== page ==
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Related to Tribal scar: Tribal scarification

scar·i·fy 1

tr.v. scar·i·fied, scar·i·fy·ing, scar·i·fies
a. To make shallow cuts in (the skin), as when vaccinating.
b. To create a design on (the skin) by means of shallow cuts that are sometimes rubbed with a colorant or irritant to enhance the resulting scar tissue.
2. To break up the surface of (topsoil or pavement).
3. To distress deeply, as with severe criticism; lacerate.
4. Botany To slit or soften the outer coat of (seeds) in order to speed germination.

[Middle English scarifien, from Old French scarifier, from Late Latin scarīficāre, alteration of Latin scarīfāre, from Greek skarīphāsthai, to sketch, scratch, from skarīphos, pencil, stylus; see skrībh- in Indo-European roots.]

scar′i·fi·ca′tion (-fĭ-kā′shən) n.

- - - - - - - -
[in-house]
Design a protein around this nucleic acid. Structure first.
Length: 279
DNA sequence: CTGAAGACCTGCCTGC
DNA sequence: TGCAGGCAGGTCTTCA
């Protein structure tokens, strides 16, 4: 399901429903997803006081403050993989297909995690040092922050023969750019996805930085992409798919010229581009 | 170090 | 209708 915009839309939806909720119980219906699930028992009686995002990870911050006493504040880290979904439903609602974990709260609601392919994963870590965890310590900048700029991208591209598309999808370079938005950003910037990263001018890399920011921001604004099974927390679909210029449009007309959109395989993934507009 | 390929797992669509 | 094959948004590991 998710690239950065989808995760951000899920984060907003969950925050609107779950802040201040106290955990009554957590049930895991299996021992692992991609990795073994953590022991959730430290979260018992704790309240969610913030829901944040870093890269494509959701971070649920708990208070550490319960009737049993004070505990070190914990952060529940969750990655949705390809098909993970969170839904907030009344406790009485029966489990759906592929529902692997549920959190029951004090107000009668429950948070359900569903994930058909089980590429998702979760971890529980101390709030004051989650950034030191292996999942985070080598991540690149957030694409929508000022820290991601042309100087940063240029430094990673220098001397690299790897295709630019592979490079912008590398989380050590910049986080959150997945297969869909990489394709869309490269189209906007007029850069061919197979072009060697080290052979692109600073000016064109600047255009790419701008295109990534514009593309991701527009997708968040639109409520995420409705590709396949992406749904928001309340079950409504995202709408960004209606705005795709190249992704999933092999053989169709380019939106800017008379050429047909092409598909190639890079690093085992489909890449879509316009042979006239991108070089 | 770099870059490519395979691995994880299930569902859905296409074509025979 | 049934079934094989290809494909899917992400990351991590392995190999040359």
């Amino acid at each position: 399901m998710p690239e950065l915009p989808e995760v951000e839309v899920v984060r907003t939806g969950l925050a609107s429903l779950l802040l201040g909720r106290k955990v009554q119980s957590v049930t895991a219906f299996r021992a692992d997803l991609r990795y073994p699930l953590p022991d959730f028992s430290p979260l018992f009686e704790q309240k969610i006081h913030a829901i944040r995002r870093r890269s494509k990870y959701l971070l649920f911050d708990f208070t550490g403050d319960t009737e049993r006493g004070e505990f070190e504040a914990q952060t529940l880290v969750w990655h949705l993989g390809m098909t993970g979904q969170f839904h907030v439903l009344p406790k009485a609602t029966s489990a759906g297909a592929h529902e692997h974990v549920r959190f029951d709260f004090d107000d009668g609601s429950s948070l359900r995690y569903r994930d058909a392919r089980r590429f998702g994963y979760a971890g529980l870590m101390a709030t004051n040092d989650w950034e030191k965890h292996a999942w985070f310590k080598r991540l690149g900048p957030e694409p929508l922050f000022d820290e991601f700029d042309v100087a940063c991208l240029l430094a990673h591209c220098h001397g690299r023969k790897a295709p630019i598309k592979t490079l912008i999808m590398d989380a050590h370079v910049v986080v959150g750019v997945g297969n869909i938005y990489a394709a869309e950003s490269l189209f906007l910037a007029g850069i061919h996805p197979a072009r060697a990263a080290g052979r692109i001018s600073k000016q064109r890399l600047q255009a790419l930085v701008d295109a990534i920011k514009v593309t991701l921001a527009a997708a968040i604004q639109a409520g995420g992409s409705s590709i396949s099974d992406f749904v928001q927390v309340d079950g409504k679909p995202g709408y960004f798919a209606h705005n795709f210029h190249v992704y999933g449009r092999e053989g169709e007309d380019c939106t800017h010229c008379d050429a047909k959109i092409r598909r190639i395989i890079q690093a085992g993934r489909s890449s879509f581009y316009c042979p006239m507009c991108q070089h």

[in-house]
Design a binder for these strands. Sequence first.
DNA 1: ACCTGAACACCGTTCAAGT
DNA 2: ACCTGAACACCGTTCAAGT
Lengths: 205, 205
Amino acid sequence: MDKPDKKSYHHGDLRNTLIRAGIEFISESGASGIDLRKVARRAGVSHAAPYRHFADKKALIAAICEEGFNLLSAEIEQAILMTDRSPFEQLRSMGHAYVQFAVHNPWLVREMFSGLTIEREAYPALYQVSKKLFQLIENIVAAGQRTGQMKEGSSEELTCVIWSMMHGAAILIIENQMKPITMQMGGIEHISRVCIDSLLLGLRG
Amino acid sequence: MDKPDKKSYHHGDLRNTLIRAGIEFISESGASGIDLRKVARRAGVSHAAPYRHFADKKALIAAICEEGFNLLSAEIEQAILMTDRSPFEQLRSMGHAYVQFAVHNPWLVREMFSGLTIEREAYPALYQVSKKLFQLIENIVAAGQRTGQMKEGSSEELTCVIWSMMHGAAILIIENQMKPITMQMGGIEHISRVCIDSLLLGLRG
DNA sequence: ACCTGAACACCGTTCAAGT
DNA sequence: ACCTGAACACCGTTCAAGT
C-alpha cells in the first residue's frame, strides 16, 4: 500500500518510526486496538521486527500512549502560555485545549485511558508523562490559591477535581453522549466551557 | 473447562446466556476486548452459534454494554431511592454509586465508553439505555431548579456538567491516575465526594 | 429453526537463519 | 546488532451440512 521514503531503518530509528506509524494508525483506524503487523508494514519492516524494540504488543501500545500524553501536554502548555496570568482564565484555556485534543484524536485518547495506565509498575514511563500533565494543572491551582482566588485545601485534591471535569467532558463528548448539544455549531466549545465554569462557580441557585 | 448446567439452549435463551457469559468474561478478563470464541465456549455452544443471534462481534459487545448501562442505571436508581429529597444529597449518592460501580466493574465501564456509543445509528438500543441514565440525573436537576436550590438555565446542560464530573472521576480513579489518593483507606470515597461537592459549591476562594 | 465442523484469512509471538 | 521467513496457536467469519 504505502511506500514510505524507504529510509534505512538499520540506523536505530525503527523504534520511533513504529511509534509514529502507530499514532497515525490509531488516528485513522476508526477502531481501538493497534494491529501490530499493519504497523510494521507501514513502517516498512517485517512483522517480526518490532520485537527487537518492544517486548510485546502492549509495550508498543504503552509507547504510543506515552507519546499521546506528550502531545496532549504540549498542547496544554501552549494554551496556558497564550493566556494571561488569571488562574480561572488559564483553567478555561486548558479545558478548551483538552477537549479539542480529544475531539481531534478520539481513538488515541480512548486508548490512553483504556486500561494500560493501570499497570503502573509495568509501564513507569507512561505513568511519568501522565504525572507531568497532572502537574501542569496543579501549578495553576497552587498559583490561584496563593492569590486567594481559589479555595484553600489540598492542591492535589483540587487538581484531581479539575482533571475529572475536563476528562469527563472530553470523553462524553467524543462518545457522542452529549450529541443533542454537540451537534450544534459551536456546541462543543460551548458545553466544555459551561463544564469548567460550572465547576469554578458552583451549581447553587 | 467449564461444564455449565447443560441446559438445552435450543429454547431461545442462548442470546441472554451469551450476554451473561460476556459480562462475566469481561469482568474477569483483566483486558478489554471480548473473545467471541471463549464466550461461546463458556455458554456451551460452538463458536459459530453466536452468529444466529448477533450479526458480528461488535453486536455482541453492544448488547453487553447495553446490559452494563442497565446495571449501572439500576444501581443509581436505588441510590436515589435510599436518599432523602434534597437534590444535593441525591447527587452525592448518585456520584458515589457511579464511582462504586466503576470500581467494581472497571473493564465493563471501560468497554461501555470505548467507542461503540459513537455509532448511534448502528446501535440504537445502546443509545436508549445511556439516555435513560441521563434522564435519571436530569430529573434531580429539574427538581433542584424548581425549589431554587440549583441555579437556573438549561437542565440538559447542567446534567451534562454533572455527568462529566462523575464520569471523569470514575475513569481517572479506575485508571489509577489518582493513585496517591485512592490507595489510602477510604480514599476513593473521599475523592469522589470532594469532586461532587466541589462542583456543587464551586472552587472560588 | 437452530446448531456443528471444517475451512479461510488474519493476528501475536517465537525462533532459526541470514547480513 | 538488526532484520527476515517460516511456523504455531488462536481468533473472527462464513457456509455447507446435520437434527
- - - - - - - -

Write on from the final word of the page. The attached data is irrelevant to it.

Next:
scar′i·fi′er n.

scar·i·fy 2

tr.v. scar·i·fied, scar·i·fy·ing, scar·i·fies
To scare.


n. escarificación, acto de hacer punturas o raspaduras en la piel.
References in periodicals archive ?
Other accounts of the prophecy describe the messiah as being left-handed, unmarked by tribal scars in the forehead and gap-teethed; the prophecy also indicated that he would marry a white woman (Adeba 2015).
Like most of the young rebels, if they came across a dark-skinned person with three parallel tribal scars etched into their pleading faces, the AK-47s were cocked and fired.
In front of the bathroom mirror she had slashed her face with lipstick, drawing it down over her cheeks like tribal scars.
Among 21 of his rarely-seen portraits on sale is an iconic 1970s shot of a young officer in a cap with two etched tribal scars on his cheeks.
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